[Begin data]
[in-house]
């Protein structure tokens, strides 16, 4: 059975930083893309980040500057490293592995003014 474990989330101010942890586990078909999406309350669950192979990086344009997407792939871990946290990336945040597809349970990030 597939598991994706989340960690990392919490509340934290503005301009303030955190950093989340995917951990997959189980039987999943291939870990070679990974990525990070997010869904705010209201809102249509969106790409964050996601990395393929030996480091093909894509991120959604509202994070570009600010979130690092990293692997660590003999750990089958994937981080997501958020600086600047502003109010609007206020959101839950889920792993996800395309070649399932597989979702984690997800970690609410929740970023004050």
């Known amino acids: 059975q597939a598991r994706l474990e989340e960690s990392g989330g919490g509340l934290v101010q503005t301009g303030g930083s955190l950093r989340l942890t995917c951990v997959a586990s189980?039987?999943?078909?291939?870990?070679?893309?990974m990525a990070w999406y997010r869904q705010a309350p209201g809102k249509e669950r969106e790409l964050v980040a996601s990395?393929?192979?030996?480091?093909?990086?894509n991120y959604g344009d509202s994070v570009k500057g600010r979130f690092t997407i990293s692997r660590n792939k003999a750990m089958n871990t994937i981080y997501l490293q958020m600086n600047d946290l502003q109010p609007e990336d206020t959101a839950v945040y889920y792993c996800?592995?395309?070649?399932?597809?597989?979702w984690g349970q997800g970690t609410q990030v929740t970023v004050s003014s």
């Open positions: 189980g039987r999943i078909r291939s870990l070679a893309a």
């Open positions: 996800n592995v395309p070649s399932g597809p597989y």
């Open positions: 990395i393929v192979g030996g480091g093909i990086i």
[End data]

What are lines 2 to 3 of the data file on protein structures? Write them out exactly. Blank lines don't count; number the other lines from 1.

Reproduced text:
């Protein structure tokens, strides 16, 4: 059975930083893309980040500057490293592995003014 474990989330101010942890586990078909999406309350669950192979990086344009997407792939871990946290990336945040597809349970990030 597939598991994706989340960690990392919490509340934290503005301009303030955190950093989340995917951990997959189980039987999943291939870990070679990974990525990070997010869904705010209201809102249509969106790409964050996601990395393929030996480091093909894509991120959604509202994070570009600010979130690092990293692997660590003999750990089958994937981080997501958020600086600047502003109010609007206020959101839950889920792993996800395309070649399932597989979702984690997800970690609410929740970023004050």
């Known amino acids: 059975q597939a598991r994706l474990e989340e960690s990392g989330g919490g509340l934290v101010q503005t301009g303030g930083s955190l950093r989340l942890t995917c951990v997959a586990s189980?039987?999943?078909?291939?870990?070679?893309?990974m990525a990070w999406y997010r869904q705010a309350p209201g809102k249509e669950r969106e790409l964050v980040a996601s990395?393929?192979?030996?480091?093909?990086?894509n991120y959604g344009d509202s994070v570009k500057g600010r979130f690092t997407i990293s692997r660590n792939k003999a750990m089958n871990t994937i981080y997501l490293q958020m600086n600047d946290l502003q109010p609007e990336d206020t959101a839950v945040y889920y792993c996800?592995?395309?070649?399932?597809?597989?979702w984690g349970q997800g970690t609410q990030v929740t970023v004050s003014s």